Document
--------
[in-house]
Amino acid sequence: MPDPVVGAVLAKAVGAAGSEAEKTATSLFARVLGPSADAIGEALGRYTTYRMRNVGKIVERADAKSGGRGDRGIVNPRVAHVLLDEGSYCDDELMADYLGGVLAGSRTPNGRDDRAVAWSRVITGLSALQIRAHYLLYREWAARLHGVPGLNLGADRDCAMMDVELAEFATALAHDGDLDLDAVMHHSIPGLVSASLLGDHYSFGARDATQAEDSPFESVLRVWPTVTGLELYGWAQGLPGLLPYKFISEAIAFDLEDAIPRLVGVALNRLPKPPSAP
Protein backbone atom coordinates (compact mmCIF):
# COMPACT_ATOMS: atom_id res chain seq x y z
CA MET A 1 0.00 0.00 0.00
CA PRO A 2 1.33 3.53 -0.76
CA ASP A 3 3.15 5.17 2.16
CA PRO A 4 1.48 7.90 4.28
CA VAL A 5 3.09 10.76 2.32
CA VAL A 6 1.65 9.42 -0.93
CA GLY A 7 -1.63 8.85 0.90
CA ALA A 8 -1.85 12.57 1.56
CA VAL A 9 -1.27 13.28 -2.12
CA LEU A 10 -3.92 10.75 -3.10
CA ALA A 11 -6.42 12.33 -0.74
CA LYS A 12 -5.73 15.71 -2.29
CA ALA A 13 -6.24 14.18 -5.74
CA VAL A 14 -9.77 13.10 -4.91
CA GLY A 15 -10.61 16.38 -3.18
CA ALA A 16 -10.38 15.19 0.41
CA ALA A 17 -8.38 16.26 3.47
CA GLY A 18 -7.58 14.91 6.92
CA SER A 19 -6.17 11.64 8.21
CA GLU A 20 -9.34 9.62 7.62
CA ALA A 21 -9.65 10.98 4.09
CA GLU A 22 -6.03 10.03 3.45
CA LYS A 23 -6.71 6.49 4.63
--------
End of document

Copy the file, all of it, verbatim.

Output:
[in-house]
Amino acid sequence: MPDPVVGAVLAKAVGAAGSEAEKTATSLFARVLGPSADAIGEALGRYTTYRMRNVGKIVERADAKSGGRGDRGIVNPRVAHVLLDEGSYCDDELMADYLGGVLAGSRTPNGRDDRAVAWSRVITGLSALQIRAHYLLYREWAARLHGVPGLNLGADRDCAMMDVELAEFATALAHDGDLDLDAVMHHSIPGLVSASLLGDHYSFGARDATQAEDSPFESVLRVWPTVTGLELYGWAQGLPGLLPYKFISEAIAFDLEDAIPRLVGVALNRLPKPPSAP
Protein backbone atom coordinates (compact mmCIF):
# COMPACT_ATOMS: atom_id res chain seq x y z
CA MET A 1 0.00 0.00 0.00
CA PRO A 2 1.33 3.53 -0.76
CA ASP A 3 3.15 5.17 2.16
CA PRO A 4 1.48 7.90 4.28
CA VAL A 5 3.09 10.76 2.32
CA VAL A 6 1.65 9.42 -0.93
CA GLY A 7 -1.63 8.85 0.90
CA ALA A 8 -1.85 12.57 1.56
CA VAL A 9 -1.27 13.28 -2.12
CA LEU A 10 -3.92 10.75 -3.10
CA ALA A 11 -6.42 12.33 -0.74
CA LYS A 12 -5.73 15.71 -2.29
CA ALA A 13 -6.24 14.18 -5.74
CA VAL A 14 -9.77 13.10 -4.91
CA GLY A 15 -10.61 16.38 -3.18
CA ALA A 16 -10.38 15.19 0.41
CA ALA A 17 -8.38 16.26 3.47
CA GLY A 18 -7.58 14.91 6.92
CA SER A 19 -6.17 11.64 8.21
CA GLU A 20 -9.34 9.62 7.62
CA ALA A 21 -9.65 10.98 4.09
CA GLU A 22 -6.03 10.03 3.45
CA LYS A 23 -6.71 6.49 4.63